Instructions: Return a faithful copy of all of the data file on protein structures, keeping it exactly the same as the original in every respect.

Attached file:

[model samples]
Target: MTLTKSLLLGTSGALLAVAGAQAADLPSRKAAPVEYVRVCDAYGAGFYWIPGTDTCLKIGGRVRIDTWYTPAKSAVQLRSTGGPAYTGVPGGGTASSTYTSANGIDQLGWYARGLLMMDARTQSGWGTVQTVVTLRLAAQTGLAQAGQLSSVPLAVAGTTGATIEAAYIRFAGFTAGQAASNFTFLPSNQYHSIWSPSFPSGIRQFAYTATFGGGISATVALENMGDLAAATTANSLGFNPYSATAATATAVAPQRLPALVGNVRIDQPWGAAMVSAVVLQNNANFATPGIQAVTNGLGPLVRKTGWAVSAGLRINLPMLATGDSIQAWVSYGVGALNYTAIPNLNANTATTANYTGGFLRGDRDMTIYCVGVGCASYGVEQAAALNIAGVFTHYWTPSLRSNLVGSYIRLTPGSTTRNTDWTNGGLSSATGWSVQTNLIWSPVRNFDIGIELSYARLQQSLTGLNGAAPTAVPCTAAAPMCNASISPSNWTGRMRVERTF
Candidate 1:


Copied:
[model samples]
Target: MTLTKSLLLGTSGALLAVAGAQAADLPSRKAAPVEYVRVCDAYGAGFYWIPGTDTCLKIGGRVRIDTWYTPAKSAVQLRSTGGPAYTGVPGGGTASSTYTSANGIDQLGWYARGLLMMDARTQSGWGTVQTVVTLRLAAQTGLAQAGQLSSVPLAVAGTTGATIEAAYIRFAGFTAGQAASNFTFLPSNQYHSIWSPSFPSGIRQFAYTATFGGGISATVALENMGDLAAATTANSLGFNPYSATAATATAVAPQRLPALVGNVRIDQPWGAAMVSAVVLQNNANFATPGIQAVTNGLGPLVRKTGWAVSAGLRINLPMLATGDSIQAWVSYGVGALNYTAIPNLNANTATTANYTGGFLRGDRDMTIYCVGVGCASYGVEQAAALNIAGVFTHYWTPSLRSNLVGSYIRLTPGSTTRNTDWTNGGLSSATGWSVQTNLIWSPVRNFDIGIELSYARLQQSLTGLNGAAPTAVPCTAAAPMCNASISPSNWTGRMRVERTF
Candidate 1: